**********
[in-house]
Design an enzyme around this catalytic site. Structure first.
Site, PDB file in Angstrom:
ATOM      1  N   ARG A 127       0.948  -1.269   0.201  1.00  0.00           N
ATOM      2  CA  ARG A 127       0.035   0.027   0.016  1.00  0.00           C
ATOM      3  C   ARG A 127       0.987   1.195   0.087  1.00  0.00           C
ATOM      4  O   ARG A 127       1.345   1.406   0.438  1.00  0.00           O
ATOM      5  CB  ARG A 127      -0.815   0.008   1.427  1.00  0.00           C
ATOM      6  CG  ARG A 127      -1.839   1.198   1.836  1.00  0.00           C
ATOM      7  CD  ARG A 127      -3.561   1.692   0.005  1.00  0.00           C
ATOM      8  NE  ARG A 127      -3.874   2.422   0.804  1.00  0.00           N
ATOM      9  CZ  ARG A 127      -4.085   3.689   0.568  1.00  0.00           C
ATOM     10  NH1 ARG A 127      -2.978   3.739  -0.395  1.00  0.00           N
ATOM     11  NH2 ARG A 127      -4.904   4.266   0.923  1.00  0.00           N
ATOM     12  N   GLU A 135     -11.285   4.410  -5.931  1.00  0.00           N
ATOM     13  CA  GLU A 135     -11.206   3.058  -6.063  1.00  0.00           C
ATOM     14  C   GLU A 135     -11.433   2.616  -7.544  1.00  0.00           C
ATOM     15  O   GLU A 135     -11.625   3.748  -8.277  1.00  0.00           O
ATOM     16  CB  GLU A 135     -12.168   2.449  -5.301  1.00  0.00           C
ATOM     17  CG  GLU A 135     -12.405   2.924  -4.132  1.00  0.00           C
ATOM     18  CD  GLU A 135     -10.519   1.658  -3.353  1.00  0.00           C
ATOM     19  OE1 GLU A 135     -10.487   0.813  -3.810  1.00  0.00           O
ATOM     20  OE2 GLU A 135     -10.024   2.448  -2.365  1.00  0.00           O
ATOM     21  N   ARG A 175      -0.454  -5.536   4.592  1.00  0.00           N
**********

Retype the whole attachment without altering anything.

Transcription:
[in-house]
Design an enzyme around this catalytic site. Structure first.
Site, PDB file in Angstrom:
ATOM      1  N   ARG A 127       0.948  -1.269   0.201  1.00  0.00           N
ATOM      2  CA  ARG A 127       0.035   0.027   0.016  1.00  0.00           C
ATOM      3  C   ARG A 127       0.987   1.195   0.087  1.00  0.00           C
ATOM      4  O   ARG A 127       1.345   1.406   0.438  1.00  0.00           O
ATOM      5  CB  ARG A 127      -0.815   0.008   1.427  1.00  0.00           C
ATOM      6  CG  ARG A 127      -1.839   1.198   1.836  1.00  0.00           C
ATOM      7  CD  ARG A 127      -3.561   1.692   0.005  1.00  0.00           C
ATOM      8  NE  ARG A 127      -3.874   2.422   0.804  1.00  0.00           N
ATOM      9  CZ  ARG A 127      -4.085   3.689   0.568  1.00  0.00           C
ATOM     10  NH1 ARG A 127      -2.978   3.739  -0.395  1.00  0.00           N
ATOM     11  NH2 ARG A 127      -4.904   4.266   0.923  1.00  0.00           N
ATOM     12  N   GLU A 135     -11.285   4.410  -5.931  1.00  0.00           N
ATOM     13  CA  GLU A 135     -11.206   3.058  -6.063  1.00  0.00           C
ATOM     14  C   GLU A 135     -11.433   2.616  -7.544  1.00  0.00           C
ATOM     15  O   GLU A 135     -11.625   3.748  -8.277  1.00  0.00           O
ATOM     16  CB  GLU A 135     -12.168   2.449  -5.301  1.00  0.00           C
ATOM     17  CG  GLU A 135     -12.405   2.924  -4.132  1.00  0.00           C
ATOM     18  CD  GLU A 135     -10.519   1.658  -3.353  1.00  0.00           C
ATOM     19  OE1 GLU A 135     -10.487   0.813  -3.810  1.00  0.00           O
ATOM     20  OE2 GLU A 135     -10.024   2.448  -2.365  1.00  0.00           O
ATOM     21  N   ARG A 175      -0.454  -5.536   4.592  1.00  0.00           N